Photo: The Gentleman Amateur

This weekend – January 20-22 – the Bugged Out Weekender descends upon the Butlins resort in Bognor Regis, bringing with it a dazzling array of rave-generating talent, including the likes of Kevin Saunderson, Diplo, SBTRKT, Joy Orbison, 2ManyDJs and Ben UFO.

Ben ‘Ben UFO’ Thomson, as you ought to know by now, co-founded and runs one of the most important and consistently impressive dance labels of the last decade – Hessle Audio – with his old muckers Kevin ‘Pangaea’ McAuley and David ‘Pearson Sound’ Kennedy. He’s also a DJ with few equals, capable of reducing any dancefloor you put in front of him to so much ecstatic rubble.

Though his name is synonymous with bleeding edge house, dubstep and their tributaries, Thomson is a true head, with far-ranging, inquisitive tastes that extend to the cracked drone-folk of The Shadow Ring and the spiritual free jazz of Albert Ayler. We decided to catch up with him ahead of his Bugged Out Weekender appearance to talk outré vinyl, miniature drumkits, real-life wizards and the pitfalls of being a social chameleon. This is what he said.

“I wanted to be a drummer with a sideline in professional tennis.”

The first album I ever bought was…

“I have no idea. Certainly nothing credible or interesting.”

The last record I bought was…

“I have a cool answer to this one. Discogs orders are normally boring in comparison to records bought during afternoons exploring record shops – buyers usually know what they’re looking for, and there’s so much on offer that focusing on specific areas is the only way to navigate it. The other day though I bought an amazing selection from a guy in America who was selling this really small selection of wildly diverse and mostly awesome stuff. I came away with an old Shadow Ring album, ‘Acid Over’ by Tyree, an Albert Ayler LP, something on the 80s label Play House and this beautiful, totally sincere new age record by Patrick O’Hearn which has put loads of the new synth jam stuff into perspective for me. If that seller lived in the UK I’d seek him out and attempt to befriend him.”

The biggest change in my day-to-day since Hessle took off has been…

“Becoming more aware of the way I manage different aspects of my personality, depending on who I’m talking to and the situations I find myself in. It repulses me so I try not to do it.”

If Hessle wasn’t called Hessle, it probably would’ve been named…

“We changed the name of the label at the last possible moment, during the mastering session for the first release. The label was named after a road Kev [Pangaea] and I lived on in Leeds, and we originally planned for it to be called Hessle Avenue. As nice as it would have been to pay homage so directly, I think we made the right decision.”

When I was a kid, I most wanted to be…

“A drummer with a sideline in professional tennis. Having already thrashed our sofa cushions to death I got given a miniature drum kit as a birthday present, and managed to put a stick through the snare drum skin within about half an hour. I didn’t pick up the drums again until I was 16, and for that I blame the Early Learning Centre.”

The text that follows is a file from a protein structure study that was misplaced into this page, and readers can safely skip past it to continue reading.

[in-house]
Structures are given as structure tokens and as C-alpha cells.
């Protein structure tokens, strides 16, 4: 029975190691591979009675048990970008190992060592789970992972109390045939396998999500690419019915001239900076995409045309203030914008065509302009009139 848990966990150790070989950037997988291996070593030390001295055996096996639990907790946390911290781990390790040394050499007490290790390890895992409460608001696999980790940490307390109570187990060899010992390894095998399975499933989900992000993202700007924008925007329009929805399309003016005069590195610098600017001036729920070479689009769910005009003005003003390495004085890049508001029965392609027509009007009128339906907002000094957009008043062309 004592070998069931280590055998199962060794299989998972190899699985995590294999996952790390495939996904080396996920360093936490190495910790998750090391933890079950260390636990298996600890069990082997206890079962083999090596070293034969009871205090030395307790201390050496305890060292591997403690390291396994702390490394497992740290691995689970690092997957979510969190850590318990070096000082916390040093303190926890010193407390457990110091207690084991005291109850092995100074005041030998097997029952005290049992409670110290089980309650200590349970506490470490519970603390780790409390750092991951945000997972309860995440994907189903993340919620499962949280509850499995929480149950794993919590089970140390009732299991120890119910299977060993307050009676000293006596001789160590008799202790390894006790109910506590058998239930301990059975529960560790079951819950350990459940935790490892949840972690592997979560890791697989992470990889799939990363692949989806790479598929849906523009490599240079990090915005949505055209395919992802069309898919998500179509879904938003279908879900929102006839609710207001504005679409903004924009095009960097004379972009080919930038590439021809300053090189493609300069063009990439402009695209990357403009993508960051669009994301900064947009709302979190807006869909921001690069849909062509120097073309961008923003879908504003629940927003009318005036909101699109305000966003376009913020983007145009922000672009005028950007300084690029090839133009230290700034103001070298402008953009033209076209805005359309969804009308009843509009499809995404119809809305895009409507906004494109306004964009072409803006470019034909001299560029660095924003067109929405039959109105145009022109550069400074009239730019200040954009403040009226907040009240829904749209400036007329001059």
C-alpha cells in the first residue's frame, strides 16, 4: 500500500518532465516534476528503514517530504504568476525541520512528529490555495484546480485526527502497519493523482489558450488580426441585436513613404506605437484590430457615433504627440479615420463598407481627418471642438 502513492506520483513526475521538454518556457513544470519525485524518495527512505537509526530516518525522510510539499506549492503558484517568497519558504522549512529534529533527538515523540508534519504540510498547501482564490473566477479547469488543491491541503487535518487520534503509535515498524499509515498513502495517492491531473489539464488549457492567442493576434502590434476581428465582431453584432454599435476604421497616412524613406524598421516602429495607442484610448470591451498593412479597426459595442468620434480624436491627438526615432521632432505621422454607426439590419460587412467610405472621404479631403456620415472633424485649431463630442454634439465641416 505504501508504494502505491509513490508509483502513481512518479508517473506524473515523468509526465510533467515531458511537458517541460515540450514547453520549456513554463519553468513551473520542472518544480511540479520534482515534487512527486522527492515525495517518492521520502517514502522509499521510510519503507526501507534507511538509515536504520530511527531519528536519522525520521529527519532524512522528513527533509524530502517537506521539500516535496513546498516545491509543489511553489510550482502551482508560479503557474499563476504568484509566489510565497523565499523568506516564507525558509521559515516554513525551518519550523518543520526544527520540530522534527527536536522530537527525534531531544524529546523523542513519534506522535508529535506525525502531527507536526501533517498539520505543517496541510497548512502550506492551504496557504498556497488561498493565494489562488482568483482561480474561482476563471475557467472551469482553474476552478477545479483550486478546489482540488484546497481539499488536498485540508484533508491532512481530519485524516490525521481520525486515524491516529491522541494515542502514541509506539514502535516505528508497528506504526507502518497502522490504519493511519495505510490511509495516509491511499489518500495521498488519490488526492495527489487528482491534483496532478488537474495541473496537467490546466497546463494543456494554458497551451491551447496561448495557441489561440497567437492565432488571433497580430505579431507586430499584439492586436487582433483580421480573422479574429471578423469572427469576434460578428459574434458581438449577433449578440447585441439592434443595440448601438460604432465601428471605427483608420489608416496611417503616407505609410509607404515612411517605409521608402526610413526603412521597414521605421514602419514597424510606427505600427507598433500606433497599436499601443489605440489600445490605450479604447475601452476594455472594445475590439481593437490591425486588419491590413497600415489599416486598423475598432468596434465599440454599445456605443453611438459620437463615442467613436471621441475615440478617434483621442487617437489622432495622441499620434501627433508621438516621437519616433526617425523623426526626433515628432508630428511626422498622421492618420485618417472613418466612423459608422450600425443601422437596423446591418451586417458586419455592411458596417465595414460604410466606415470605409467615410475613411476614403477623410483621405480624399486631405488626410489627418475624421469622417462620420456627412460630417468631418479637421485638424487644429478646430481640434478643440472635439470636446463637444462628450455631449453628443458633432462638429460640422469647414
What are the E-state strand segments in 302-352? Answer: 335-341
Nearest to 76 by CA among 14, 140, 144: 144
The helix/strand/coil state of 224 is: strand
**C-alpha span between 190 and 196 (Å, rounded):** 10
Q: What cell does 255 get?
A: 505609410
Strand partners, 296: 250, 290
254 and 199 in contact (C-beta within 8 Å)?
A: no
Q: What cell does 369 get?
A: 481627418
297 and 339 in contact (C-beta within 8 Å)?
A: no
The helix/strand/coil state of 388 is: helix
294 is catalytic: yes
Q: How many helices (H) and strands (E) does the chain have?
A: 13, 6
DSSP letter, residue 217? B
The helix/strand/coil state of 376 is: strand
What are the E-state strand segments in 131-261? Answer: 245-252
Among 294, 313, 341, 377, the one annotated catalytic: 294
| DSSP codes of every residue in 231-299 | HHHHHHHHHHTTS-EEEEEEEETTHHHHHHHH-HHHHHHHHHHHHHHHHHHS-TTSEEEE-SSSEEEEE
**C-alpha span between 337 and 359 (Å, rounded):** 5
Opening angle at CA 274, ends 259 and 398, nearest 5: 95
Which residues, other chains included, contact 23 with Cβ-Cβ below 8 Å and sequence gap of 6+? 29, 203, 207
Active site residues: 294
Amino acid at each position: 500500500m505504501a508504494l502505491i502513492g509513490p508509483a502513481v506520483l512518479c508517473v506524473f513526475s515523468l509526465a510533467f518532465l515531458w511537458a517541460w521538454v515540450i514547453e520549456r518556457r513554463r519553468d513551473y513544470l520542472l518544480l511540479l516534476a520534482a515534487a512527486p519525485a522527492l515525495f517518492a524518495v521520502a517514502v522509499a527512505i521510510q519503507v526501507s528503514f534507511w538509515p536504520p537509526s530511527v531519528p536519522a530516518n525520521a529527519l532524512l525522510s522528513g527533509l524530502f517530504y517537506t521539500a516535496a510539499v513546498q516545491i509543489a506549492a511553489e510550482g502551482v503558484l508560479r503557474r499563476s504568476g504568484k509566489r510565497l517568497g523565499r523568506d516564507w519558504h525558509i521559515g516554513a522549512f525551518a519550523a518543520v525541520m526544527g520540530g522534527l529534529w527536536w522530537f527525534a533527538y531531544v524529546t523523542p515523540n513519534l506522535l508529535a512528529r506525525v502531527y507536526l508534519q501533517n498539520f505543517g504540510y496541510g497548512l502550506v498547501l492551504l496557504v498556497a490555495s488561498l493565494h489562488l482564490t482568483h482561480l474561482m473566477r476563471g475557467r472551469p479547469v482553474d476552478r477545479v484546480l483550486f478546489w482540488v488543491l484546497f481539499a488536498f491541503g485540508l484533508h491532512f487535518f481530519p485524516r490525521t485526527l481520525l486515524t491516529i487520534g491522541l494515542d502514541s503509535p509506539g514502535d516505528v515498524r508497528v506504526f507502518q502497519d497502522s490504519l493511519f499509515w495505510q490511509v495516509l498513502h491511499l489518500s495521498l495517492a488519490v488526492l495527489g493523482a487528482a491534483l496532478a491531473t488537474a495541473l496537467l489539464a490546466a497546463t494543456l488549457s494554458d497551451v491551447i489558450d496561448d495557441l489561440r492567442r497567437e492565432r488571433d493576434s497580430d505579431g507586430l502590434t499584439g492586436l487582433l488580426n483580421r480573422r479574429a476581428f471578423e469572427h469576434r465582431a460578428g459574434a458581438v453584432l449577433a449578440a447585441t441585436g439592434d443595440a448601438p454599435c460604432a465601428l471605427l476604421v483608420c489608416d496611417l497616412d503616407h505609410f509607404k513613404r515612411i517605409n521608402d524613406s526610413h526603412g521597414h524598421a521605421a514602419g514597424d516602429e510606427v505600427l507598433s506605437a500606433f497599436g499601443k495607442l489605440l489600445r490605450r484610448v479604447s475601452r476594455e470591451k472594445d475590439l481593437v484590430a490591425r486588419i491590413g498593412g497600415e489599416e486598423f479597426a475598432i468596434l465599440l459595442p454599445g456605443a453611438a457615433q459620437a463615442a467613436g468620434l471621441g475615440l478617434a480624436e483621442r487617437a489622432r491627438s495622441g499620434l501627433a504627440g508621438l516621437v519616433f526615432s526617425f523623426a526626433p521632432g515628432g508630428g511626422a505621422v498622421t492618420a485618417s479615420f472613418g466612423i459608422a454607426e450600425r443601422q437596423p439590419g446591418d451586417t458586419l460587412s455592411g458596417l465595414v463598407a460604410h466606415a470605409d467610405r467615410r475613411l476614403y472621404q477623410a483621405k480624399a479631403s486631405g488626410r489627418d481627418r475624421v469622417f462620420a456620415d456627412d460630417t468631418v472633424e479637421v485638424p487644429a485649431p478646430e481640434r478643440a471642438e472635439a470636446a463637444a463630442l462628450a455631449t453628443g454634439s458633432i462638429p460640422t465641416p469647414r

“Around 1500 people left within the first three minutes and I died a little inside.”

The best gig I’ve ever played was…

“There’s been a lot of great gigs… the first time I played Golden Pudel [in Hamburg] springs to mind immediately, walking in to see Ralph smoking away, playing these soundscape records to a rapt, almost silent audience. That venue is also the only place I’ve ever played records to a wizard. I believe in him completely. The first time we played as a label collective in Glasgow was amazing as well. The front row was all these kids who knew every single record from radio, that was one of the first times I registered that people from all over were listening regularly, and really paying attention.”

The worst gig I’ve ever played was…

“I played on a huge stage at this European festival last summer where the promoters had decided to program it so that I was closing up after two local heroes who’d played 90 minutes of party hip-hop – like a greatest hits of the past ten years. No one else had used turntables that evening and my first record skipped horribly; I think around 1500 people left within the first three minutes and I died a little inside.”

The best piece of advice I’ve ever been given was…

“Second hand. The other day Yuri Cinnaman, who runs the Colors night in Amsterdam, was telling me about an early DJing experience he had when he was kinda drunk. This really well-established DJ came up to him and said, ‘Yuri, you are an excellent DJ, but you should take your job more seriously.’ I think that’s good advice.”

What’s currently screening at Ben UFO’s dream cinema?

UbuWeb is basically my dream library already, so I just need a sound system and a projector. I stumbled across these recently looking through Lovely Music’s discography  – now I just need to put 14 hours aside.”


As told to Tam Gunn. Ben UFO plays the Bugged Out Weekender, January 20-22 at Butlins Bognor Regis Resort, UK. More information and tickets at




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